That’s not it. Instead, the state tracks individual students to see how much progress they made during the school year.
Let’s say a fourth-grader arrives reading at first-grade level and ends the year at third-grade level. That child would still count as failing, but would get credit for exceeding the expected one year’s growth. On the other hand, a classmate who started and ended the year reading at sixth-grade level would get high marks for proficiency but drag the school down on growth.
With 52 percent of its schools exceeding the state’s growth target and 34 percent meeting it, CMS outperformed the state and all other large districts by significant margins.
When the state calculates letter grades, proficiency counts for 80 percent and growth for 20 percent. Many say that formula skews the grades toward rewarding schools that have better demographics and more students who arrive ready to learn.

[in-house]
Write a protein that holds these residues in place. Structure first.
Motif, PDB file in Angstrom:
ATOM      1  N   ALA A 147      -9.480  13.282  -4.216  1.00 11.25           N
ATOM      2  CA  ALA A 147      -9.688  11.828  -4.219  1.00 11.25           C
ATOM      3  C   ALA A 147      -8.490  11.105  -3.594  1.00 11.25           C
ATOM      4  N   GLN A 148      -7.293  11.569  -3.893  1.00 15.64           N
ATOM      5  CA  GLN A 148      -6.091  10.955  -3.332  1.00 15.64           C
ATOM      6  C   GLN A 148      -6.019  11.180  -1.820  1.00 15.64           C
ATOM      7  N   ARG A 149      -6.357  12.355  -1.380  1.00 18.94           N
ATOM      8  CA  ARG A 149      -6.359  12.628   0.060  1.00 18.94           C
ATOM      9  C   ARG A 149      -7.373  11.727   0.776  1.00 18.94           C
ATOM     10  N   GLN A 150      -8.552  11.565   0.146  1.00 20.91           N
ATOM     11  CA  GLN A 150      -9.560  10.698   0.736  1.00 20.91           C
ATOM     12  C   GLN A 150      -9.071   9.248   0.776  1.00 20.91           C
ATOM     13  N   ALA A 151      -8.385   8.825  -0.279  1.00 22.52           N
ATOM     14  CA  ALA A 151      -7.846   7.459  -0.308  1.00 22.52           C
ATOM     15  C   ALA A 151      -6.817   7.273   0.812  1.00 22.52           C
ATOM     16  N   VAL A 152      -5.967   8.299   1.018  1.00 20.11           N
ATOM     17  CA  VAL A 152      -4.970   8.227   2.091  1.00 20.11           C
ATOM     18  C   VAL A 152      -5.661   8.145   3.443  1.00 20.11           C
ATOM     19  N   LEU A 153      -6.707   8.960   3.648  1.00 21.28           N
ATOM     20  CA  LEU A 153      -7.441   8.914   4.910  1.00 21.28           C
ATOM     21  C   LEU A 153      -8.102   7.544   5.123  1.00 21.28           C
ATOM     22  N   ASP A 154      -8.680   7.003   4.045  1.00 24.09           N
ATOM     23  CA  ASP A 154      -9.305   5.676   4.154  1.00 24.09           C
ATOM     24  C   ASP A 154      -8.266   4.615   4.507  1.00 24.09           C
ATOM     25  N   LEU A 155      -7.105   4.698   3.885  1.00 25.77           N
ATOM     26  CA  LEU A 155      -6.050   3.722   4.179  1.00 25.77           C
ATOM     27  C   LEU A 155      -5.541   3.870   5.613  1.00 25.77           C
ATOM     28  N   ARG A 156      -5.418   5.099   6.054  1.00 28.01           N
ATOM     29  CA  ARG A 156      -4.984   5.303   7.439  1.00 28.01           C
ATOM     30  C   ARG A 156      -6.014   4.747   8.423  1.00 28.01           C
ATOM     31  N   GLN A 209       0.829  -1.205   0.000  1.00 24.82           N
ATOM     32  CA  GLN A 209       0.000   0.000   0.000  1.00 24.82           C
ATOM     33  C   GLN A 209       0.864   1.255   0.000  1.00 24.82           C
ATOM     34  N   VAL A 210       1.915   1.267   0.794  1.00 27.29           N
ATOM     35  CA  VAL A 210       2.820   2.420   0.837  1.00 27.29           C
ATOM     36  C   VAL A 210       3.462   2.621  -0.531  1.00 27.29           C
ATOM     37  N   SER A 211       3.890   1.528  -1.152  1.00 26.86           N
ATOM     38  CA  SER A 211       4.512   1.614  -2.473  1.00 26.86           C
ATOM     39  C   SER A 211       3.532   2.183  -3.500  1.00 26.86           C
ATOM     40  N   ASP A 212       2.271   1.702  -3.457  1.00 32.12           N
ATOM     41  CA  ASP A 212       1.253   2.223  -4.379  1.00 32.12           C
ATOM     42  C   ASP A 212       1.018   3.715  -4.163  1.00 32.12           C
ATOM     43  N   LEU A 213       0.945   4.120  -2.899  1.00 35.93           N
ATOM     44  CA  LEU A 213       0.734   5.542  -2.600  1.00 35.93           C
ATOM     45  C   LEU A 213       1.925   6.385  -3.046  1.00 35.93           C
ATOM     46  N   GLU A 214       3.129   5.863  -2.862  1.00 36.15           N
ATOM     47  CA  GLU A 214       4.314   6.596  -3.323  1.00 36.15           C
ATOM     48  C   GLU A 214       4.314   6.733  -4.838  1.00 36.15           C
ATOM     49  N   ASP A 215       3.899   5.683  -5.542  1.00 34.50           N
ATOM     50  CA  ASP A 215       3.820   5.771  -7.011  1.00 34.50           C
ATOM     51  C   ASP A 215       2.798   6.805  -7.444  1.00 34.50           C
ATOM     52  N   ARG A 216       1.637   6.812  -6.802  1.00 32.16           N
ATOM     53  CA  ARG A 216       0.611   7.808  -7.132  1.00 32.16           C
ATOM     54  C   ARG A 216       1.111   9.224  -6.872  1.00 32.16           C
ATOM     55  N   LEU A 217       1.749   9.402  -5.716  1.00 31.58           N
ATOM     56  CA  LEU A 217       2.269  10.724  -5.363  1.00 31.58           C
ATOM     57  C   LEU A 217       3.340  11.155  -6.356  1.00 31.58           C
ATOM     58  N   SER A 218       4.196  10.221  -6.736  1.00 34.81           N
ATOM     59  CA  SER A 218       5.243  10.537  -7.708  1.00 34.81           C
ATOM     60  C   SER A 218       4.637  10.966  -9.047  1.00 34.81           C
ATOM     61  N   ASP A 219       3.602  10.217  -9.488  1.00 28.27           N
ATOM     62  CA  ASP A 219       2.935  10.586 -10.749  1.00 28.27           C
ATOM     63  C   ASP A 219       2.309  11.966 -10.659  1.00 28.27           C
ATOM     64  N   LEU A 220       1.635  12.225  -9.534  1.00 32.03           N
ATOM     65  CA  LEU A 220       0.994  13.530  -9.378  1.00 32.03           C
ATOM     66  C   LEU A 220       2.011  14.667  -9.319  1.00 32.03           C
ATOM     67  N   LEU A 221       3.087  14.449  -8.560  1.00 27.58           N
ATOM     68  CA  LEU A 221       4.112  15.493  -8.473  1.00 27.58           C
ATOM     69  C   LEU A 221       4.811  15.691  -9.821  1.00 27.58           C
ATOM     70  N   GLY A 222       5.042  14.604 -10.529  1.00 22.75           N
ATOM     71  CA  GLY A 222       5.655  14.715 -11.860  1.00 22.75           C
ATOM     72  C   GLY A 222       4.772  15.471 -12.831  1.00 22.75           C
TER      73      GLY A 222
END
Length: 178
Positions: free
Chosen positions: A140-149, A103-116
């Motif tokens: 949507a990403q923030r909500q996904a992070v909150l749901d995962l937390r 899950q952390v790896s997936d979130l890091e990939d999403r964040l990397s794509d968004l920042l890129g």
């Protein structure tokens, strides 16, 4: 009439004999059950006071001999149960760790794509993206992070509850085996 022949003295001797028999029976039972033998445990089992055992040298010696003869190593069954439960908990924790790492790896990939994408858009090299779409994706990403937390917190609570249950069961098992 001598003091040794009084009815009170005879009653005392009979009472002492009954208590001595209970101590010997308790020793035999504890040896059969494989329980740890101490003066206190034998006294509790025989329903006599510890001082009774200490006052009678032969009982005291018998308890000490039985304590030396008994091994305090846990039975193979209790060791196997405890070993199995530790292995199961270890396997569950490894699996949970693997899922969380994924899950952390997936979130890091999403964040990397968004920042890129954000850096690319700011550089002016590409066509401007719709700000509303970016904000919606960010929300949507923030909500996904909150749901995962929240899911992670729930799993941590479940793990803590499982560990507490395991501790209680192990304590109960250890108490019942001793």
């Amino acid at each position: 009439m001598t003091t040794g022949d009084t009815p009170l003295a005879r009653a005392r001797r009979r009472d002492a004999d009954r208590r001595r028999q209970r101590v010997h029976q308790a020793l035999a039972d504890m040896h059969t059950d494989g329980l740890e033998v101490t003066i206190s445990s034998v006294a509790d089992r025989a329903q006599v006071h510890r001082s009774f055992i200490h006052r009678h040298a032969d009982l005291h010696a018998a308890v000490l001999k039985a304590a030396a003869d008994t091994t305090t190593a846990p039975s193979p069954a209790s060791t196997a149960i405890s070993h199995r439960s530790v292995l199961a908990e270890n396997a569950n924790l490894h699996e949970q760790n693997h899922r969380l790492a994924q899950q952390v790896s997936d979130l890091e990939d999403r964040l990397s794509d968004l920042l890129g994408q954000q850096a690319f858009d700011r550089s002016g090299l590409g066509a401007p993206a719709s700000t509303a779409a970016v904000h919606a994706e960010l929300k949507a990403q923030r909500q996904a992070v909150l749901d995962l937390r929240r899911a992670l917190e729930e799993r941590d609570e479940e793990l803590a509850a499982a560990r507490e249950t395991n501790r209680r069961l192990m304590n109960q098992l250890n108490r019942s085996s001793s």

Kimberly Muhich, a former teacher at Oakdale Elementary in west Charlotte, notes the contrast between that school and Grand Oak Elementary in Huntersville. Oakdale’s students mostly come from poverty and arrive below grade level; Grand Oak’s are the opposite. Both schools earned top ratings for student growth, but Grand Oak’s proficiency level was far beyond Oakdale’s.
The result: Grand Oak is an A school, Oakdale a D.
“It’s hard enough teaching in a low income school without being told you’re failing to educate when you’re in fact doing the opposite,” Muhich said.
State exam results
The state gives math and reading tests in grades 3-8 and science tests in grades 5 and 8. Math 1, English 2 and biology are high school exams. Exams are graded on a five-point scale. “Pass” indicates the percent scoring a 3 or higher, considered evidence of “sufficient command” of the material. “Ready” indicates the percent who scored a 4 or 5, a mark of solid or superior mastery.
Source: N.C. Department of Public Instruction